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Beer of the Week (w/e 18th October 2020) with Mobyduck on the Pub Forum

Nettle & Rye, Clifton Village, Bristol

Pub added by elizabeth mcgraw
16 Kings Road
Phone: 01179237390

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Reviews (Current Rating Average: 7 of 10) Add Review see review guidelines

Please Note: This review is over a year old.

Blackthorn _ left this review about Nettle & Rye

Renamed, refurbished and recently re-opened, this pub is now run by the same team behind the Naval Volunteer in King Street and the influence from there is clear both in the style of the pub and the craft ale offering behind the bar. It consists of one large, open-plan room downstairs as well as a separate restaurant upstairs, although we did not investigate this.

The bar counter has moved from the right hand side to the back since it’s re-opening, but other than that the layout is largely unchanged. Décor wise it’s all very neutral, with pale sandy colour paintwork on the supporting pillars and cream or very pale grey elsewhere. There was some exposed brickwork at the rear and the flooring was a mixture of slate tiling and wood strip. A couple of plasmas were mounted up in the corners at the rear of the pub which seemed slightly out of place perhaps, but fortunately these were not in use on our visit. Seating is mostly high tables and chairs with one large table to the right which would hold at least twelve people, perhaps to encourage conversation with strangers. A couple of beer barrels provided somewhere to rest your pint if you were standing.

Food wise, there is a bar menu served downstairs and this consisted off a concise selection of dishes such as burger, fish & chips, steak & chips, etc., and these were mostly priced somewhere around a tenner. A selection of sandwiches is also served at lunch times and there is also, I believe, a separate restaurant menu.

As is typical in many of the new breed of “craft beer” venues, although you are presented with a range of eight hand pumps on the bar these were all unlabelled and instead you have to refer to a menu on the wall which listed 20 choices, although these also included a few ciders and at least one lager. Furthermore, it was not immediately obvious which of the ale offerings were keg and which were cask. The friendly (and bearded, naturally) barman informed me that numbers 13 – 20 related to the hand pumps, but with two of these being cider that left six cask ales, which on this occasion were Ilkley Mary Jane, Fyne Ales Jarl, Magic Rock Rapture, Fyne Ales Maverick, Fyne Ales Avalanche and Bristol Beer Factory Milk Stout. Four prices are listed against each beer since one third and two thirds measures are also available. Prices seemed a bit steep with most beers coming in between £4 and £5 a pint, although some were even more than this – I spotted a Ilkley IPA at £5.40. Ciders meanwhile (keg and cask) were Sampford Courtney Traditional Devon Cider, Purbeck Dorset Blush and a duo from the Handmade Cider Company – Thirst Aid and Medium Dry.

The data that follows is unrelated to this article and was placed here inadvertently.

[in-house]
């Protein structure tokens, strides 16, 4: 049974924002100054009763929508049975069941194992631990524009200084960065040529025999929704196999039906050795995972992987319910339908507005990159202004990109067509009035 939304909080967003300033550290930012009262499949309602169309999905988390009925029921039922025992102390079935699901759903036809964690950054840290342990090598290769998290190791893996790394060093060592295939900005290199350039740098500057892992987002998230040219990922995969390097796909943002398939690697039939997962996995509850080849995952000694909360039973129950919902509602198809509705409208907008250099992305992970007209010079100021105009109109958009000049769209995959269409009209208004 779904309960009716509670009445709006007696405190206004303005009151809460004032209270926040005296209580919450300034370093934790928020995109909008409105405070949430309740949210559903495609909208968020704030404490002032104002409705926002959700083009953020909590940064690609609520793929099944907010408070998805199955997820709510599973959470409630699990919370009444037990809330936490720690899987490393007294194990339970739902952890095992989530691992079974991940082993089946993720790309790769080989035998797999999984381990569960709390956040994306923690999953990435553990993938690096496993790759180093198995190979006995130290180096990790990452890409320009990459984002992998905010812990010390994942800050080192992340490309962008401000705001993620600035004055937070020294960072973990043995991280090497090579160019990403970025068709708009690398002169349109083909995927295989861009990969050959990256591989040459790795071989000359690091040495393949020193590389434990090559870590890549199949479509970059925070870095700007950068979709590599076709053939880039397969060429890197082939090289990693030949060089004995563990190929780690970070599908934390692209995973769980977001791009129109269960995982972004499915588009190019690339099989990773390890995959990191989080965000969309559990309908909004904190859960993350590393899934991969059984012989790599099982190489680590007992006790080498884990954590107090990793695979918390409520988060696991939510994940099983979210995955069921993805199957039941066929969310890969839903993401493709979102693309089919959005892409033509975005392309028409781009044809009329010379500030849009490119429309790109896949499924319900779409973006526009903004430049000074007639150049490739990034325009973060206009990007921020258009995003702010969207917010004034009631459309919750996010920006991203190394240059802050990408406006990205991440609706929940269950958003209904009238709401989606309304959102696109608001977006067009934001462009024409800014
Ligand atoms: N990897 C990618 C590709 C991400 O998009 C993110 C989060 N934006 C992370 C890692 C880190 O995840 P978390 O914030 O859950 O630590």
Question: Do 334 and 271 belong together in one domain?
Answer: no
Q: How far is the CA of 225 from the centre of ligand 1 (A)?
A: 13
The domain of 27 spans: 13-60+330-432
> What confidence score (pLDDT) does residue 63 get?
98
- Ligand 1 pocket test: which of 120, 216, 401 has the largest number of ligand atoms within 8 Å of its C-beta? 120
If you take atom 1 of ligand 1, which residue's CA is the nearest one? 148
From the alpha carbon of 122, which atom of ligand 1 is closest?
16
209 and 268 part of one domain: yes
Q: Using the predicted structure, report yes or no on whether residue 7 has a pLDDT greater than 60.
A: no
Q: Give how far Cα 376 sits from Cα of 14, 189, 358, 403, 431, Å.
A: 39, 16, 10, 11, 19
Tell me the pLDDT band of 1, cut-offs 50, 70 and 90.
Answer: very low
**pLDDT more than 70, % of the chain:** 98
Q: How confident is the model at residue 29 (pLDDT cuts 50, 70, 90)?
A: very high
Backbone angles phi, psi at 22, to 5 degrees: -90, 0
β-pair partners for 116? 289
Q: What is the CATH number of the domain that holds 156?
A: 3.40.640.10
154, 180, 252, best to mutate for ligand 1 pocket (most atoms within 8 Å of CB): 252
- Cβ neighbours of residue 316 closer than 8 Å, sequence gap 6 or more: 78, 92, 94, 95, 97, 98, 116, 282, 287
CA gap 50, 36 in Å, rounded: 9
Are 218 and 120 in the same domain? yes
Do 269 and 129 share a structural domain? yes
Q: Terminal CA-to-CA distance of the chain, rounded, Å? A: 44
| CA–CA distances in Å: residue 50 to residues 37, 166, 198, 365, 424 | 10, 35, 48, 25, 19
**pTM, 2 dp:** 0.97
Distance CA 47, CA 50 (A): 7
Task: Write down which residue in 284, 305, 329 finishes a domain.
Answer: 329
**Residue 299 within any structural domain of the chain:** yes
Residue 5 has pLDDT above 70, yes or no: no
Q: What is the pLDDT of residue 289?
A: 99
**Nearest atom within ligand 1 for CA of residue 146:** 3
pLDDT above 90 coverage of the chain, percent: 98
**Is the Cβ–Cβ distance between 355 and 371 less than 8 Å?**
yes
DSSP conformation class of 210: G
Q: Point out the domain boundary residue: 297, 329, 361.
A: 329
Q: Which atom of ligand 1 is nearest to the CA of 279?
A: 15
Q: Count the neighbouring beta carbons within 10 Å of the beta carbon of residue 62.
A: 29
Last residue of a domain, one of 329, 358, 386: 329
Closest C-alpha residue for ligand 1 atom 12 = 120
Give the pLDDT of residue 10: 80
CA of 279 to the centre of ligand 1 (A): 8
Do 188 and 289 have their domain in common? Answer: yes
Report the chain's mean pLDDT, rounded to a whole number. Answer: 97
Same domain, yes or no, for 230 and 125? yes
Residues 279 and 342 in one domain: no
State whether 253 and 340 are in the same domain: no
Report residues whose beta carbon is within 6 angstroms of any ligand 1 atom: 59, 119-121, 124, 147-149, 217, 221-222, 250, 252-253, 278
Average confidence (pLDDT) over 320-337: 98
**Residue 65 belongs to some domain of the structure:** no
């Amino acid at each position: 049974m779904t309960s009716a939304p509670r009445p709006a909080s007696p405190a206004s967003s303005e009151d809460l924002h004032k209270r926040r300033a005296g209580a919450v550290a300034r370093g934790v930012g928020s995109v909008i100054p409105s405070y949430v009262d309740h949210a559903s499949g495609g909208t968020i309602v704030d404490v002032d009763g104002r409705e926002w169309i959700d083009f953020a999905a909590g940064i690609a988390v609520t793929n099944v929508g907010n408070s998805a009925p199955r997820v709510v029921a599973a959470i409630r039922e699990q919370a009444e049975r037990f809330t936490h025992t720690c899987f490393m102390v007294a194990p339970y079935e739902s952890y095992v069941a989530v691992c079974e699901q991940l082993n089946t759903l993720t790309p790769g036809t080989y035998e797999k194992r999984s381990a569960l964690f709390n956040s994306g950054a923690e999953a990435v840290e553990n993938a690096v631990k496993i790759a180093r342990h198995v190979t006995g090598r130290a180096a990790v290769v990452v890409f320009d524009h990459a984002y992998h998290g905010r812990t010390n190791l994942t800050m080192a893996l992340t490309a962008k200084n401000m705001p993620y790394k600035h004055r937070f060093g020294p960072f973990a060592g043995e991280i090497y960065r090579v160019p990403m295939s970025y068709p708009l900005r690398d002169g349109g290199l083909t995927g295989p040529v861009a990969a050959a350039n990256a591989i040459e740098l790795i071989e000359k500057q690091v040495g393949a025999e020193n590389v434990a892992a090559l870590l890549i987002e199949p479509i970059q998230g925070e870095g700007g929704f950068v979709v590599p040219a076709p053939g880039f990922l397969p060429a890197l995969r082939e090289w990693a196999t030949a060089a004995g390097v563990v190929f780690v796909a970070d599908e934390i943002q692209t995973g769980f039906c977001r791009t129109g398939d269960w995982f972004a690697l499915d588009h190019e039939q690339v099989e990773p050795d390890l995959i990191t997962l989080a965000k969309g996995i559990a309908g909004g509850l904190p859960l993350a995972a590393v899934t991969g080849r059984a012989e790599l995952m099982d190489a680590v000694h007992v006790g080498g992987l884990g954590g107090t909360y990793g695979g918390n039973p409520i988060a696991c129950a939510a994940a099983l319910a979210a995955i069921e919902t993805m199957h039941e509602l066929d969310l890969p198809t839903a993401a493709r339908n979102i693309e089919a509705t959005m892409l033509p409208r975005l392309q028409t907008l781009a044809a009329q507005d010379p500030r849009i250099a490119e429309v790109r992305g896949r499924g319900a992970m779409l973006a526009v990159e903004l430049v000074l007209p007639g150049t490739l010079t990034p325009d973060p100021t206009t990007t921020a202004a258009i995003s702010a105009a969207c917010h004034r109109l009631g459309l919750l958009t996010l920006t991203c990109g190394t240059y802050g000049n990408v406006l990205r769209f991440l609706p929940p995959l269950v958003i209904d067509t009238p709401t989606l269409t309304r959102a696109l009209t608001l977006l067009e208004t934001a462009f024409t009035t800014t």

On 23rd November 2015 - rating: 7
[User has posted 1749 recommendations about 1684 pubs]

Please Note: This review is over a year old.

Pub SignMan left this review about The Hophouse

Given that it is situated next to the attractive Clifton Arcade, I was hoping that the Hophouse may also have some fine Victorian architecture to marvel over, but unfortunately this is a fairly modern looking, gastro-style pub. You enter directly to the main bar which sees the servery running down the right hand wall with its chunky bar counter, large overhead lights, plain mirrored bar back and fancy looking keg dispense fonts. For such a reasonably sized room there were surprisingly few seating options, with a few standard tables and chairs to the front, either side of the front porch, and one or two more at the rear of the room. We ended up perched at the end of the bar under the large blackboards listing the various drink options available and next to a pile of the day's papers and a large, bright floral display. A few paintings and pictures of the local area, including the nearby suspension bridge, line the walls and there is a fire set into the left hand wall behind a glass screen, that is probably supposed to look very stylish, but actually looks pretty stupid. Upstairs there is a similarly sized dining room with a keg only bar, exposed floorboards and lots of formal seating. Various display cabinets and wine racks can be found around the room, whilst the walls have been decorated with more old pictures and a bizarre collection of trays and chopping boards. The menu seemed like an upmarket version of pub staples, perhaps as you might expect to find in this sort of neighbourhood. Main meals clocked in at around the £12 mark and the menu lists the source of all their meat, fish and veg.